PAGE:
Four Madrid bomb convicts cleared

Four Madrid bomb convicts cleared

Spain's Supreme Court has overturned the conviction of four people found guilty of involvement in the Madrid train bombings in 2004.

The four were among 21 people convicted last year over the attacks, which killed 191 people.

The court also upheld the acquittal of an Egyptian suspected of masterminding the attacks, because he had already been convicted of the offence in Italy.

However it convicted and jailed one of those originally found not guilty.

The Spanish man, who was sentenced to four years in prison, had earlier been cleared of helping to supply the explosives used in the Madrid attacks.

Mastermind boast?

The Egyptian man, Rabei Osman Sayed Ahmed, had been cleared of involvement in the bombings in October.

Rabei Osman Sayed Ahmed had already been convicted in Italy

As he had already been sentenced to eight years in prison in Italy for belonging to a terrorist organisation, the court ruled he could not be convicted again for the same crime.

Prosecutors had argued that Sayed was appealing against the Italian judgement and technically had not been convicted.

Sayed's lawyers in that case are challenging key evidence - a recording in which he apparently boasts of masterminding the bombings.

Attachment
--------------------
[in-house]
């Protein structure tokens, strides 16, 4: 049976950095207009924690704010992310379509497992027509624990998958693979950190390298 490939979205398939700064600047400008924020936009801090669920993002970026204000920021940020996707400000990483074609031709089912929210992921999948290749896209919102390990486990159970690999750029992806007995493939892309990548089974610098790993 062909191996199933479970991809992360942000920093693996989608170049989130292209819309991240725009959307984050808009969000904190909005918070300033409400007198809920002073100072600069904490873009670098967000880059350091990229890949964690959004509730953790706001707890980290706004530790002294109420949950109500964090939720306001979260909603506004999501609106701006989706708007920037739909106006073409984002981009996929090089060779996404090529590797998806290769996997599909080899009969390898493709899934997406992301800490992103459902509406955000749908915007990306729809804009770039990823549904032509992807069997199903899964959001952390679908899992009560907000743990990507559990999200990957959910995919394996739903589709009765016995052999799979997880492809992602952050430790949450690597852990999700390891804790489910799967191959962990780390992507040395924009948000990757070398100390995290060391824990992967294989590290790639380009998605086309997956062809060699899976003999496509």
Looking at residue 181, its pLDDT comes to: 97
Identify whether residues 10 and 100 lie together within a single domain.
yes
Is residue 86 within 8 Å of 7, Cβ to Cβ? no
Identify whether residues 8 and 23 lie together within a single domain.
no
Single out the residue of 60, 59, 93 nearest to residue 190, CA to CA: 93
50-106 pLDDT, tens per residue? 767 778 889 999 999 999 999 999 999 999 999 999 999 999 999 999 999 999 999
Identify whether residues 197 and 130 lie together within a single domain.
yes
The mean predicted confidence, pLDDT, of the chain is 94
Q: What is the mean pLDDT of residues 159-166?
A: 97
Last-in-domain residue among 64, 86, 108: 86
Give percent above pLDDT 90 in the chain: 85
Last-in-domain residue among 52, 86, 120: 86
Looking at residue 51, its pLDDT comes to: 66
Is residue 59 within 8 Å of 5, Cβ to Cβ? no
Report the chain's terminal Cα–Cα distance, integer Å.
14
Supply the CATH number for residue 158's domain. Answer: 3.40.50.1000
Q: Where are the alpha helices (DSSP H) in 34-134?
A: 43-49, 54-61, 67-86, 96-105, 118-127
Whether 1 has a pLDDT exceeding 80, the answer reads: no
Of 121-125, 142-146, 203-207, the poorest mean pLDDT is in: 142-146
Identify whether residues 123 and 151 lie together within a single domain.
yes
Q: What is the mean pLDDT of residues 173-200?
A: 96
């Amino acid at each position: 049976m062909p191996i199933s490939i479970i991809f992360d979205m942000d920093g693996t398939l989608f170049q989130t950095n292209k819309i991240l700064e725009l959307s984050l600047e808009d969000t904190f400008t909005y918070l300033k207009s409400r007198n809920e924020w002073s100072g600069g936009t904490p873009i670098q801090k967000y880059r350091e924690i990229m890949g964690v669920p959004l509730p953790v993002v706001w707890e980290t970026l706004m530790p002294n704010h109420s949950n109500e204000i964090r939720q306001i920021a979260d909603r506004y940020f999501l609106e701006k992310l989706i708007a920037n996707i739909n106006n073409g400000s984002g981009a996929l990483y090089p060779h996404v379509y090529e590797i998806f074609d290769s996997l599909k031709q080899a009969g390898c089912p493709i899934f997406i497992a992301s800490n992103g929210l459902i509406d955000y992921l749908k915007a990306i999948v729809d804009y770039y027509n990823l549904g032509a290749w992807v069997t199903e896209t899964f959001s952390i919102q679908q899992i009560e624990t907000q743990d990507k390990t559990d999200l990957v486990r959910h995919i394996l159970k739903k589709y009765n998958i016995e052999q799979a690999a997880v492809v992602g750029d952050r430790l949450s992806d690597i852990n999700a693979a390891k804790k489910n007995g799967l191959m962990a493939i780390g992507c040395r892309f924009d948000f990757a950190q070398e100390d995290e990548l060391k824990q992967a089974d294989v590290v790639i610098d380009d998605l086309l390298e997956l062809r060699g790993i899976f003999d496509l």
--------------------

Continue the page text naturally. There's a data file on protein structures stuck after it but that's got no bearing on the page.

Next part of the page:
They say the voice heard is not his, and that it has been mistranslated.

Changing the course of history

Last October, a Spanish court cleared three men of masterminding the attack and acquitted seven others, while convicting 21 people for involvement in the attack.

Many victim support groups were angered by the acquittals and said the sentences handed down were much lower than those requested by the state attorney.

The decision to overturn some of those convictions will not please these groups, says the BBC's Danny Wood in Madrid.

The Madrid bombing - in which 10 rucksack bombs tore through four packed commuter trains on 11 March 2004 - was Europe's most deadly terror attack since the 1988 Lockerbie bombing.

Analysts say the attacks changed the course of Spanish politics because in an election three days later voters ditched a conservative government that at first blamed the bombs on the Spanish separatist group Eta.

Spanish investigators said the bombers were part of a local Islamist militant group inspired by al-Qaeda, but had no direct links to the terror organisation.

They had acted to avenge the presence of Spanish troops in Iraq and Afghanistan, said investigators.